Kaufman is the head of Google’s Advanced Technology and Projects group, where the Trust API was first created under the codename Project Abacus. Introduced last year, Abacus aims to kill passwords not through one super-secure replacement, but by mixing together multiple weaker indicators into one solid piece of evidence that you are who you say you are.

Among the pieces of evidence that Google suggests the Trust API could use are some obvious biometric indicators, such as your face shape and voice pattern, as well as some less obvious ones: how you move, how you type and how you swipe on the screen. With the service continually running in the background of the phone, it can keep track of whether those indicators match how it knows you use your phone.

Individually, it would be ludicrous to use any of those methods to secure web services. Even facial recognition, now built in to many Android phones, is significantly less secure than a fingerprint scanner, according to Google’s own metrics. But combining them can, the company suggests, result in something more than 10 times as secure as a fingerprint.
This is a verification system that would fail when, for example, you have a migraine coming on, or when you have fallen and broken your wrist, or when you are shaken up following a car crash, then you cannot unlock your phone.

I understand why Google likes this,  "With the service continually running in the background of the phone," it means that they can invade your privacy, and sell your data to identity thieves even more efficiently.

For the rest of us, it does not make a whole lot of sense.

3 "Democrats" Who Think That Your Financial Advisor Should Be Allowed to Cheat You

The Senate voted to prohibit regulators from requiring financial advisors to work in their own client's best interest:
The Senate voted Tuesday to strike down a controversial Obama administration rule for financial advisers, setting up a showdown with the White House.

Senators voted 56-41 to overturn the Labor Department’s fiduciary rule, which requires financial advisers to act in the best interest of retirement savers.

The Senate's vote paves the way for a battle with the White House, which has pledged that President Obama will veto the legislation once it reaches his desk.

"The final rule reflects extensive feedback from industry, advocates, and Members of Congress, and has been streamlined to reduce the compliance burden and ensure continued access to advice, while maintaining an enforceable best-interest standard that protects consumers," the Office of Management and Budget said in a statement.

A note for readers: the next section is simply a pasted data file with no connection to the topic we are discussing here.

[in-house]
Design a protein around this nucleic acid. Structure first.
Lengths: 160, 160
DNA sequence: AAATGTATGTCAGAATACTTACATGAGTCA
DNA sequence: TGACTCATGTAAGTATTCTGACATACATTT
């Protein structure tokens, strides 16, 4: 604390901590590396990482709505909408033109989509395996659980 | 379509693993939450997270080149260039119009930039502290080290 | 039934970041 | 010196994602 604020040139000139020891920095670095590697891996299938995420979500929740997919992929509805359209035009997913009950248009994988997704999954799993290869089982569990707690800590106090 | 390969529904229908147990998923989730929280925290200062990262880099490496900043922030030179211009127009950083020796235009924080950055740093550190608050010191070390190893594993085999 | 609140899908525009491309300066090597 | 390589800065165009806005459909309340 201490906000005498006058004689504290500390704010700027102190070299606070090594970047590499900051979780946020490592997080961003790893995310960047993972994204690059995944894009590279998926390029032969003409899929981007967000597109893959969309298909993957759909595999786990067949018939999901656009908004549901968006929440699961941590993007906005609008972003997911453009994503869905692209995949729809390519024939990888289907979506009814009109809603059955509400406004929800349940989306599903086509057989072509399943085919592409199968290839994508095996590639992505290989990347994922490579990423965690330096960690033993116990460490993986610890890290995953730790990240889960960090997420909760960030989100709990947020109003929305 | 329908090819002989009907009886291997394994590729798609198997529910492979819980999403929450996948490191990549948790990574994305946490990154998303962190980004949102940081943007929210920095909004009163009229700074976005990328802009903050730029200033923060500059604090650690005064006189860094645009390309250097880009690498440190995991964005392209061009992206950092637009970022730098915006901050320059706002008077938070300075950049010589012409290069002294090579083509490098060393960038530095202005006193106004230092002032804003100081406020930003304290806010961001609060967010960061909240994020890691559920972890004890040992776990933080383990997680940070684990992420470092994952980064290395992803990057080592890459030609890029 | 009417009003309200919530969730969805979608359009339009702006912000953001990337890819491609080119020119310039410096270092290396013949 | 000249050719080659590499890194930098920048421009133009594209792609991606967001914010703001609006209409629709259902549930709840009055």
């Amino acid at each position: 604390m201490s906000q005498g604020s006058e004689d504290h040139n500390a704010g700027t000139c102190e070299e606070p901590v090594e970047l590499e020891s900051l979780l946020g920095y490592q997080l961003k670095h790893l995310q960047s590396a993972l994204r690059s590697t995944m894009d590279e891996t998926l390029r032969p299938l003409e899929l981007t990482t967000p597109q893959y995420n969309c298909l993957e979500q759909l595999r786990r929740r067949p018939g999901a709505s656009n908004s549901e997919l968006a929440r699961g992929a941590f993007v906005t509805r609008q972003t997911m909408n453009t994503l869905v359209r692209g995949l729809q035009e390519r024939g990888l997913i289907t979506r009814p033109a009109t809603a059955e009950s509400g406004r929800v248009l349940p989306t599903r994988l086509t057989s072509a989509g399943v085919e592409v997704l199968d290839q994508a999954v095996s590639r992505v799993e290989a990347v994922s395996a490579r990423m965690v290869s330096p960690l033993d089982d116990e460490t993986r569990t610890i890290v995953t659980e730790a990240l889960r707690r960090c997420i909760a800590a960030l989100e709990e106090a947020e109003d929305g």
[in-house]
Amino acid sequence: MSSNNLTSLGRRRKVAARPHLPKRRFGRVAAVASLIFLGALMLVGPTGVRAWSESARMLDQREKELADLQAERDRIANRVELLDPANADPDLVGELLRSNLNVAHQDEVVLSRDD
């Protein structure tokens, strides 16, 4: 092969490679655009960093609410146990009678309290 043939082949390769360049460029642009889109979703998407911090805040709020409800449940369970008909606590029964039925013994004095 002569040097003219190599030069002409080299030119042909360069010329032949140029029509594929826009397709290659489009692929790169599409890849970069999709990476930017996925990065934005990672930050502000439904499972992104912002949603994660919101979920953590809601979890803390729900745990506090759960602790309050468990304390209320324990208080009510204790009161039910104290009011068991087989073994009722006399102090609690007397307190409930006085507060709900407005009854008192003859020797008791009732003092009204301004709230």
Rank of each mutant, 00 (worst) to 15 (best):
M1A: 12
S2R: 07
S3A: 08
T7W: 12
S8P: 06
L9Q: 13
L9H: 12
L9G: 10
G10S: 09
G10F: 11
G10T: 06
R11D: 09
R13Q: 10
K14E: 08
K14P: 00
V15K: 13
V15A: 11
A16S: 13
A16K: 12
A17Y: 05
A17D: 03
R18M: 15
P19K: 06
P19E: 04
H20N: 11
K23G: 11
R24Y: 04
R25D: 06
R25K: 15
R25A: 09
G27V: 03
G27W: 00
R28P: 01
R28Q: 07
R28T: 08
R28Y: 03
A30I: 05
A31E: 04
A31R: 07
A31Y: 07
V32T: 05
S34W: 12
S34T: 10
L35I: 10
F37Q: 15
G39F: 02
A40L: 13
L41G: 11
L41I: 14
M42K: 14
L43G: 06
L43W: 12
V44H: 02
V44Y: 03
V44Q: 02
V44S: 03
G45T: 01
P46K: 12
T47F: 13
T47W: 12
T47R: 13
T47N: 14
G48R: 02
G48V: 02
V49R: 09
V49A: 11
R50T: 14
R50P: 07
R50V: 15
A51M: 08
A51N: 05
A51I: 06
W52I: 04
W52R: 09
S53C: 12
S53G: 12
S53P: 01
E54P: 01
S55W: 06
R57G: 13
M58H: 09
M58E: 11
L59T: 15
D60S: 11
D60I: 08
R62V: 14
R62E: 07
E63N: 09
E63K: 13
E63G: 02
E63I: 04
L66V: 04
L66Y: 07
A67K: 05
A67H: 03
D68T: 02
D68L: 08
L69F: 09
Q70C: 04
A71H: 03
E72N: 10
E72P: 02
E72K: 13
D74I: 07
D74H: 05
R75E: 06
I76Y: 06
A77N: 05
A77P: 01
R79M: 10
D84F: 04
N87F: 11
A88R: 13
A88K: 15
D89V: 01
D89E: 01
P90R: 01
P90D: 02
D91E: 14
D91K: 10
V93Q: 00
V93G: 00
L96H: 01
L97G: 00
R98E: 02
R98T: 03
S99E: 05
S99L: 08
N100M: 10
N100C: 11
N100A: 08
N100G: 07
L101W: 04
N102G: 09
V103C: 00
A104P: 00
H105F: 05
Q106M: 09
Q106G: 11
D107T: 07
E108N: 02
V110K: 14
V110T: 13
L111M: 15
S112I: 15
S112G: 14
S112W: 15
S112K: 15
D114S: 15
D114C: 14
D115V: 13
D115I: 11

Americans for Financial Reform, an advocacy group, defended the regulation.

The rule "simply says that financial professionals who claim to offer honest, unbiased advice on retirement savings should actually have to do that," the group said.

"The motive for this resolution is not a genuine concern about the wellbeing of retirement savers. Instead, some Wall Street salespeople and their firms are worried about losing out on the billions of dollars in excess profits they have been making by recommending investment products that serve their own interests."
If you look at the vote you will find 3 "Democratic" senators who voted to allow grandma to be cheated out of her retirement, former Congressional "Blue Dog" Joe Donnelly (D-IN), Heidi Heitkamp (D-ND), and Jon Tester (D-MT).

They need to be primaried, big time.

They are all up for reelection in 2018

Chemical Coat Hangers

In Texas, women are going to Mexico to buy chemicals to induce n abortion, because it is next to impossible to get a safe abortion in Texas:
Susanna was young, single, broke and pregnant in southern Texas where, thanks to the state's strict laws, her chances of getting a surgical abortion at a clinic were slim to none.

So she did what an estimated 100,000 women or more in Texas have done - had a self-induced abortion.

With the help of a friend, some online instructions and quick dash across the Mexican border for some pills, she addressed the issue of unwanted pregnancy in a state where women are finding abortion services too expensive and too far away.